November is National Novel Writing Month, affectionately known as NaNoWriMo to its regular participants. NaNoWriMo is a great idea. I joined the organisation in 2011 for my first time, and it was brilliant for me because I got the opportunity to write the sequel to my first Redcliffe novel. Up until that point I was distracted with the arrival of my first child, the upheaval of being a new parent, and the associated confusion and planning about whether or not I should return to work and how our family system should operate.
Anyway, I heard about NaNoWriMo and decided to give it a go. It is called a competition, but there are no financial prizes or rewards. It is free to join, free to attend, and all that is required is that you attempt to write 50,000 words during the month of November. 50,000 words in 30 days. Wow! It seemed like an impossible task, especially since I don’t usually find the time to write every day. In fact at the time I was lucky to write once a week. Now I realise its potential.
NaNoWriMo gave me the opportunity to test myself, and to learn that actually I can write every day when I put my mind to it. I didn’t have to stay up every night writing until the early hours (although I did on the occasions when my Muse took over), and my daughter was not neglected. I still managed to run a household and do all my usual chores and required tasks. Many people are in awe of my achievement. My fellow NaNoWriMo winners simply smile indulgently and we bask in our shared glory.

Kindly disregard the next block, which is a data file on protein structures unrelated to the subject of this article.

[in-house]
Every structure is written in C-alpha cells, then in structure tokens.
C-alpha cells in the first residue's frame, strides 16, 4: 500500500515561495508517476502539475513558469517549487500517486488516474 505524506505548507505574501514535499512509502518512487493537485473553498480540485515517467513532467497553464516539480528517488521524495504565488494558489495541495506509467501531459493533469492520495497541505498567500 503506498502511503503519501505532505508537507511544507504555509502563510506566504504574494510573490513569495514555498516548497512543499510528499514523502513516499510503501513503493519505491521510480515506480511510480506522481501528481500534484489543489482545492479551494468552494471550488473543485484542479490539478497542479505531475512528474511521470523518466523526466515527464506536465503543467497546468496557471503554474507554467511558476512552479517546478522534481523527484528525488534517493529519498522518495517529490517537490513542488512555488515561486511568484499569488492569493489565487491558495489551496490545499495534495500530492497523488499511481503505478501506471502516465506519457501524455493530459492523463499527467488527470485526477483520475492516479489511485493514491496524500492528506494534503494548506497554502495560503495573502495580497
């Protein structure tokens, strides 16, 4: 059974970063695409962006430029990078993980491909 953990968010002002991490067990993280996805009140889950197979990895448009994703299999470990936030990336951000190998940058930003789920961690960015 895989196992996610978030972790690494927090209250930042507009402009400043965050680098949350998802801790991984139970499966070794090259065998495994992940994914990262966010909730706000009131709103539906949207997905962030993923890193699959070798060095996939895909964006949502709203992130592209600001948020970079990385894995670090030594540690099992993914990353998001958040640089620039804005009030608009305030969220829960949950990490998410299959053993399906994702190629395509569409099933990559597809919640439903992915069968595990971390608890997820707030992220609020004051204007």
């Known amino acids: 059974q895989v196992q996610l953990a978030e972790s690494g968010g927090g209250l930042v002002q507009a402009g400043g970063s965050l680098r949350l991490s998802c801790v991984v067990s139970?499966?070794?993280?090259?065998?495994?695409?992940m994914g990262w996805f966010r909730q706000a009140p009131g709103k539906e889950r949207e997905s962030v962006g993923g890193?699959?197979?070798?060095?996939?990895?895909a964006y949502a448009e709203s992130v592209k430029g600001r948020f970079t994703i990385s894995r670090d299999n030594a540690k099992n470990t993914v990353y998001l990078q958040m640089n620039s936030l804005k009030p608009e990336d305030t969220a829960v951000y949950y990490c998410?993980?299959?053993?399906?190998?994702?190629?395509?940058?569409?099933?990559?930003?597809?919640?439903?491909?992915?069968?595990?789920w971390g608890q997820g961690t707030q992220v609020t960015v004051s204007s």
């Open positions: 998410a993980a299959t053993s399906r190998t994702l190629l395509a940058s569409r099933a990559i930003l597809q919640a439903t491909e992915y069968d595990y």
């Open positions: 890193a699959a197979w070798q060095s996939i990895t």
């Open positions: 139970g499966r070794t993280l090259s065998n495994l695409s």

Some people might say it’s all well and good to write 50,000 words in 30 days, but where do you get your inspiration? For most natural writers, the words are already there just waiting to spill out. Once we set out a quiet time, a personal space, and an open invitation to our Muse, we can write a whole book within a short space of time. The good people at NaNoWriMo have set up forums and chat rooms where writers can encourage each other. We can share ideas, assist with queries, and generally offer support based on our individual experiences.
There are also regional groups that physically meet up in pubs and cafes, to swap updates and continue the push to succeed in the NaNoWriMo challenge. My local group meets in Chester, and while I was unable to make any of their meetings in 2011, I might have a little more freedom this year, depending on circumstances of course. It doesn’t matter either way, because the option is still there, and we are all connected via email and forums on the website.
Are you a NaNoWriMo winner? Have you participated in the past but not quite reached the golden 50,000 word challenge? Or have you never attempted it? I suggest you go for it. Try it out. Even if you don’t complete the challenge, you will end the month with a fresh new manuscript underway, and you will be in the practice of finding time to write. It might give you the push that you need to shut out all the other hundreds of daily distractions in life, and to write your masterpiece of a bestseller. If you want to know more, their website is http://www.nanowrimo.org/. See you at NaNo!